By Max O'Connell | Indiewire March 27, 2014 at 4:19PM
1. The Crowdfunding Backlash: Part of the reason that crowdfunding works is because it allows people to feel part of a larger community -- whether it's a community of Zach Braff fans or a community of online gamers. In both cases, fans felt so connected with the campaigns they backed they felt betrayed once the creators sold their works. But in both cases, the projects fulfilled what they promised. Aside from some gratitude and whatever backer rewards promised, what do crowdfunding campaigns owe their backers? Read more here.
2. New Crowdfunding Site Hosts Big Names: The Wrap reported that Junction, which is only open to wealthy investors, will support projects that already have financial backing and will get made regardless of whether or not Junction participants join in. Projects include "Triple Nine," the new John Hillcoat film starring Casey Affleck, Chiwetel Ejiofor and Kate Winslet, and "A Hologram of the King," the Tom Tykwer film adapted from the Dave Eggers novel and slated to star Tom Hanks.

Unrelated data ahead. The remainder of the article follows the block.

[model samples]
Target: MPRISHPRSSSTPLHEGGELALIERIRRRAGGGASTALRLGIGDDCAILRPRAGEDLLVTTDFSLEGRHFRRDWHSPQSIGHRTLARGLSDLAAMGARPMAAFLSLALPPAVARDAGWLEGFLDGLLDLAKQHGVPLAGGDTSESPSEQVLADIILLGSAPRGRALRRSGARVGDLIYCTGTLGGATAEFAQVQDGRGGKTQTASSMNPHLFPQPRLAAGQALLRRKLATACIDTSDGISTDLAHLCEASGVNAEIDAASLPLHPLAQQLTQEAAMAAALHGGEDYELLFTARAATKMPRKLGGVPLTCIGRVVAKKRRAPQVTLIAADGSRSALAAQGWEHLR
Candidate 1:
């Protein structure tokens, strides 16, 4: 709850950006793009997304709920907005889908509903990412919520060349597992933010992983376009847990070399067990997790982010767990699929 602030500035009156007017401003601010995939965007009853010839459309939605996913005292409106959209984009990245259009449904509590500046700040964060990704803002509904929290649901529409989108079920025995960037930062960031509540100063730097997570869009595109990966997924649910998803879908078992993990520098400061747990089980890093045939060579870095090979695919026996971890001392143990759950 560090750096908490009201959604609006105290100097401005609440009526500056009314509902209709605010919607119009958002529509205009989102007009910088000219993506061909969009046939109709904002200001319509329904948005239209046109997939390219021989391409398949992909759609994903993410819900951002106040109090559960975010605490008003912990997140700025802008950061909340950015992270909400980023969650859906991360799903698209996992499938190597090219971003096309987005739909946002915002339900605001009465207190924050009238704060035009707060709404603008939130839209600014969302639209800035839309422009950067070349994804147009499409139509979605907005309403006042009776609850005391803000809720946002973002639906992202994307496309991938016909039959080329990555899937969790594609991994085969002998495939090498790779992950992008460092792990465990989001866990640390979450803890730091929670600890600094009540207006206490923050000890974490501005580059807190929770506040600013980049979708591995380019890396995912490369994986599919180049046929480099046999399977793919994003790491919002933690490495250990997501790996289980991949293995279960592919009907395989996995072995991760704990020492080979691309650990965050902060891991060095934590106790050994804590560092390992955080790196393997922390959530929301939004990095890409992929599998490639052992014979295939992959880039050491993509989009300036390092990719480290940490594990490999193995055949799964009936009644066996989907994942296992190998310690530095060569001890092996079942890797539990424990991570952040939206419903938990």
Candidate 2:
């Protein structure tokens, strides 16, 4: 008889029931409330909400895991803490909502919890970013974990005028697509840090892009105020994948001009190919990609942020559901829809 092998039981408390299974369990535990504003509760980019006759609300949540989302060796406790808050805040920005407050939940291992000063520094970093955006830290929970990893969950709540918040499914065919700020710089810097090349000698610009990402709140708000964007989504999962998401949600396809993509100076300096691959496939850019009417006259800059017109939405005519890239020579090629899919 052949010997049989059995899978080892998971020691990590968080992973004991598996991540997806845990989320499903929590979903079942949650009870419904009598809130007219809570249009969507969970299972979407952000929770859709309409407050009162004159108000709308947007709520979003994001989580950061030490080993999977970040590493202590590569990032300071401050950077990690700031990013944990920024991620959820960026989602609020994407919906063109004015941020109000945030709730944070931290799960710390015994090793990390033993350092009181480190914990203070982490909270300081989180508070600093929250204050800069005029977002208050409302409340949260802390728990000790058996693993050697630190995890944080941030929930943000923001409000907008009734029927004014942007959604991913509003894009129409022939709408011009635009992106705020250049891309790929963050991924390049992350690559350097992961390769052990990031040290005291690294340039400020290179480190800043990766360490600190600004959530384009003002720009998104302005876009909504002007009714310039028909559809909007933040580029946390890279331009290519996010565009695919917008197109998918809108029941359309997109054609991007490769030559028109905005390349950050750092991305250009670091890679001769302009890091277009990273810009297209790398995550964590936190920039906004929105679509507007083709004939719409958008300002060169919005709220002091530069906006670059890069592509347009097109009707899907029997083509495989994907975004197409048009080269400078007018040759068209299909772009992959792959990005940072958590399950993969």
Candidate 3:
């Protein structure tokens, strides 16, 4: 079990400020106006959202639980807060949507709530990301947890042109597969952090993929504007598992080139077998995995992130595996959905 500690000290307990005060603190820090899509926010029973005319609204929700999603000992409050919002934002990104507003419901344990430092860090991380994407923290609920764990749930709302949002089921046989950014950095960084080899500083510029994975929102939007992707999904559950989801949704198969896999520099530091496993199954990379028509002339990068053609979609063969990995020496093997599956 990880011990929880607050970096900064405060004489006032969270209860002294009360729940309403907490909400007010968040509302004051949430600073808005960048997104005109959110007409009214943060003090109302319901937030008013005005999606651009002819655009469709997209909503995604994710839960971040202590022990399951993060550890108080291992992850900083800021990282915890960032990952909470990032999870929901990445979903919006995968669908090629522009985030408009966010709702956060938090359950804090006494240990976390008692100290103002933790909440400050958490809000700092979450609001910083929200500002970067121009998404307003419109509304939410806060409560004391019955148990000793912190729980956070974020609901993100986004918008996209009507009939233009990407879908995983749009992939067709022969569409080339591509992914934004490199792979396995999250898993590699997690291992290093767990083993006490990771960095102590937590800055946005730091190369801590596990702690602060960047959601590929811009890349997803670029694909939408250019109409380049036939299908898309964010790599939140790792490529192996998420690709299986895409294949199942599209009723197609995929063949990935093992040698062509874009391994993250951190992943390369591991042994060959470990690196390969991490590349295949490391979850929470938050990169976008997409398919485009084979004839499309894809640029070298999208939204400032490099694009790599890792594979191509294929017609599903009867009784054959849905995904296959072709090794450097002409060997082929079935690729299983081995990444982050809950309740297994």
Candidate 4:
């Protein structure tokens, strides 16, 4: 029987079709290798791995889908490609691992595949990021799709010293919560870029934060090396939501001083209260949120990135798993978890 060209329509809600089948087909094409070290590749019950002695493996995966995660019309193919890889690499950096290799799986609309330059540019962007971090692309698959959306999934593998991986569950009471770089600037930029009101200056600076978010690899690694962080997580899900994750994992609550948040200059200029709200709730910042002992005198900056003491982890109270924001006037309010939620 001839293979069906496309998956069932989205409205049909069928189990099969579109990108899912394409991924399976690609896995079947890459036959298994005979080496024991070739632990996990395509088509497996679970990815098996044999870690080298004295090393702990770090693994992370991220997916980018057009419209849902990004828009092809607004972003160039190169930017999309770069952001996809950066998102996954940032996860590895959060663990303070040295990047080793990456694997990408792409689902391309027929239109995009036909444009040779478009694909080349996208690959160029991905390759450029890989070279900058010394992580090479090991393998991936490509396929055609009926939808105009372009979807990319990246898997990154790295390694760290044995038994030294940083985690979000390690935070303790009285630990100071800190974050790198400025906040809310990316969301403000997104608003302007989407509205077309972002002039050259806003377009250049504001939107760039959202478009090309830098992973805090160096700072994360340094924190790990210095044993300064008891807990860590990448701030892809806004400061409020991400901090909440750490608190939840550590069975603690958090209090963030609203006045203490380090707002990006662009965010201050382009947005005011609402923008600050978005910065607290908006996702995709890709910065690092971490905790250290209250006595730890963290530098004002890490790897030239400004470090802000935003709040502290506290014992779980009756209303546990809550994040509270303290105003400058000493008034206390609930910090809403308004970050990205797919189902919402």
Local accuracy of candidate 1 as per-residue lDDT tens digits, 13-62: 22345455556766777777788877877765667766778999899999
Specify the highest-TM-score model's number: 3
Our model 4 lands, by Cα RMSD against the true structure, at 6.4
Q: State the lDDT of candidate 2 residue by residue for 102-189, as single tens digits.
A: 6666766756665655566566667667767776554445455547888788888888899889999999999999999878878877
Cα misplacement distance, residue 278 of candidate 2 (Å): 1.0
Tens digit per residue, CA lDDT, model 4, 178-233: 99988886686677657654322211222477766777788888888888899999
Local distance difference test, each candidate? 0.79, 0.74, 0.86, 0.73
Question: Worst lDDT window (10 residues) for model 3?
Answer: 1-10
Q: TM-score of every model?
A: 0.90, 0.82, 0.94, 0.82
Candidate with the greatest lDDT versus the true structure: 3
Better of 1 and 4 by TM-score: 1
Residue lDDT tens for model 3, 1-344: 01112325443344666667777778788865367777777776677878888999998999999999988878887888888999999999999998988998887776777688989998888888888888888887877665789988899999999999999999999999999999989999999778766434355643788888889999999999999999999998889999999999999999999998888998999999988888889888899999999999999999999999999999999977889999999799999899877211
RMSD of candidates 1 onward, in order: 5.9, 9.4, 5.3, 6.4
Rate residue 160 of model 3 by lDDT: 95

3. Christopher Nolan Bashes 3-D and Digital Filmmaking: Despite the industry's conversion to digital projection, Nolan insists on shooting on film. Paramount Pictures will make an exception from its commitment to digital projection by releasing Nolan's upcoming "Interstellar" in both film and digital. Nolan also made it clear that he isn't a fan of 3-D. Read more here.
4. Aero Tells Supreme Court Not to Kill "Next Technological Step": The Hollywood Reporter writes that less than a month before TV broadcasters and Aero face off in court, the TV streaming service filed a written argument. "This case simply concerns the next technological step: allowing a consumer to access broadcast programming using an Internet-connected device coupled with a remotely located, individually assigned antenna and segregated video storage."
5. "Bootleg Cinema Paradiso": When most people think of movie piracy, they think of entitled suburbanites who don't want to cough up 10 bucks to go to the movies. But what of a country where access to art house or classic films is limited? The new short documentary from Vice's Motherboard site, "Bootleg Cinema Paradiso," puts a spotlight on a place where movie piracy isn't just widespread, but possibly essential to encouraging cinephilia. Read more here.